Kaşar (“Kaschar”) is a Turkish semi-hard cheese that was originally made mainly from sheep's milk or goat's milk . Today, however, more and more people are making Kaşar cheese from cow's milk . Nowadays it is produced almost exclusively industrially from treated, pasteurized milk and not from raw milk .
The most famous and also one of the most expensive varieties is the so-called Kars -Kaşar from the northeastern province of the same name in Turkey.
Kaşar is closely related to the Kasseri , which comes from Greece, and the Kashkawal from Bulgaria. Assyrians use the cheese to make the traditional Assyrian cheese dish Gupta Tomirta ( Aramaic ܓܘܒܬܐ ܜܘܡܪܬܐ, literally “buried cheese”) - which is seasoned with cumin, among other things.
This cheese is eaten on bread (for breakfast), placed on toast or can also be used in (toast) sandwiches. Kaşar can also be baked well, as it melts relatively well, depending on the variety.
Nowadays practically every hard or semi-hard cheese is colloquially called simply "Kaşar" in Turkey.
Appearance / taste
Kaşar is light to white in color; the consistency is smooth to firm. The Kars variety , on the other hand, is a little firmer and slightly darker in color due to the longer storage or maturation. The variety of flavors ranges from mild to slightly spicy, with Kars again being a little more piquant.
The aroma can best be compared with a mild provolone or in terms of taste with a mild Gouda or Havarti . The holes in the cheese do not necessarily play a role in kasar; they do not represent a quality feature; holes that are too large are undesirable.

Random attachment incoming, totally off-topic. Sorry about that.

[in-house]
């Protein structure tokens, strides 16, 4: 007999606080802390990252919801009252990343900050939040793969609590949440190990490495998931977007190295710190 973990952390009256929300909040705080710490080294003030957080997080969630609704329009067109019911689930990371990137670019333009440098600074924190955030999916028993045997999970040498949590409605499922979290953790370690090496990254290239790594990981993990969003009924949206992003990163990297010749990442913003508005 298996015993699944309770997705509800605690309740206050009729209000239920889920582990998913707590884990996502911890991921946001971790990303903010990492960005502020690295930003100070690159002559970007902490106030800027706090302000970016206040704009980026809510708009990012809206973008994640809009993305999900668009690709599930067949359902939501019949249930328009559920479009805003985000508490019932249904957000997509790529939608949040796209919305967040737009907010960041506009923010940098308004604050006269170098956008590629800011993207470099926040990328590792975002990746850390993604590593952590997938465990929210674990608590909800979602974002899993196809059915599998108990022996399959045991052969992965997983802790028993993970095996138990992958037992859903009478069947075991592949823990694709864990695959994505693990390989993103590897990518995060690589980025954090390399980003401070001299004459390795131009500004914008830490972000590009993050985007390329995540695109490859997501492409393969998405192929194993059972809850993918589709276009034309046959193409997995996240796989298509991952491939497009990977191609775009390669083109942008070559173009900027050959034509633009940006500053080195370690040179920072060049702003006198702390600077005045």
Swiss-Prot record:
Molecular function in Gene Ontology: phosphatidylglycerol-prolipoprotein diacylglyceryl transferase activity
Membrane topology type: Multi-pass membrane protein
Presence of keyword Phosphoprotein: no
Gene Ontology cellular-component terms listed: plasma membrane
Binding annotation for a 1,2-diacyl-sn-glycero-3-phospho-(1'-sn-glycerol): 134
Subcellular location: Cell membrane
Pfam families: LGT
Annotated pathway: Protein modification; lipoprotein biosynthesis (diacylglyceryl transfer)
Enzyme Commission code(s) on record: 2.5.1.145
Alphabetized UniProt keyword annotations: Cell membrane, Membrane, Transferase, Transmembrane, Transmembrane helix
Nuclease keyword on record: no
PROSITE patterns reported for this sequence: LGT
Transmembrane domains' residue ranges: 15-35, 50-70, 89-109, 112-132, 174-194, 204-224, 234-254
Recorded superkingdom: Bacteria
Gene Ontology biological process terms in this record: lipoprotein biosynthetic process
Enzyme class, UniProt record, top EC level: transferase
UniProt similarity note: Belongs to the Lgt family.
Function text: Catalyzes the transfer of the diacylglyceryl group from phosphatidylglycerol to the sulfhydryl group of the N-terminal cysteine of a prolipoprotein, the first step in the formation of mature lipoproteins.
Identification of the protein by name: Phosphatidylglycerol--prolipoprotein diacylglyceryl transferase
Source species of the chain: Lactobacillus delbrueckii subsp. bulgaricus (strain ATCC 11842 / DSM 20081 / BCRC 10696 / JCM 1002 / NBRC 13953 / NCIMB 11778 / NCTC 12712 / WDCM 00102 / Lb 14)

Kaşar peyniri ("Kaşar cheese") is mentioned for the first time around 1900 in the then Ottoman Empire . From a cultural and historical point of view, this is relatively late, considering the first mentions of European cheeses. As the name of the most expensive variety suggests, this type of production in Turkey comes for the first time from the province of Kars and was very likely adopted by Russia. This area was fought over for several years between the Ottomans and Russians towards the end of the 18th century, and there are other cultural exchanges from this period. During the period of Russian rule over the Kars area, there were a.o. a. German and Swiss colonists settled here, not least because they were viewed as specialists in milk processing. This type of cheese-making was the Turks previously not known, they knew by then only the brine cheese or much older recipe originally Central Asian Yörük of the so-called Çökelek , a kind of sour milk cheese .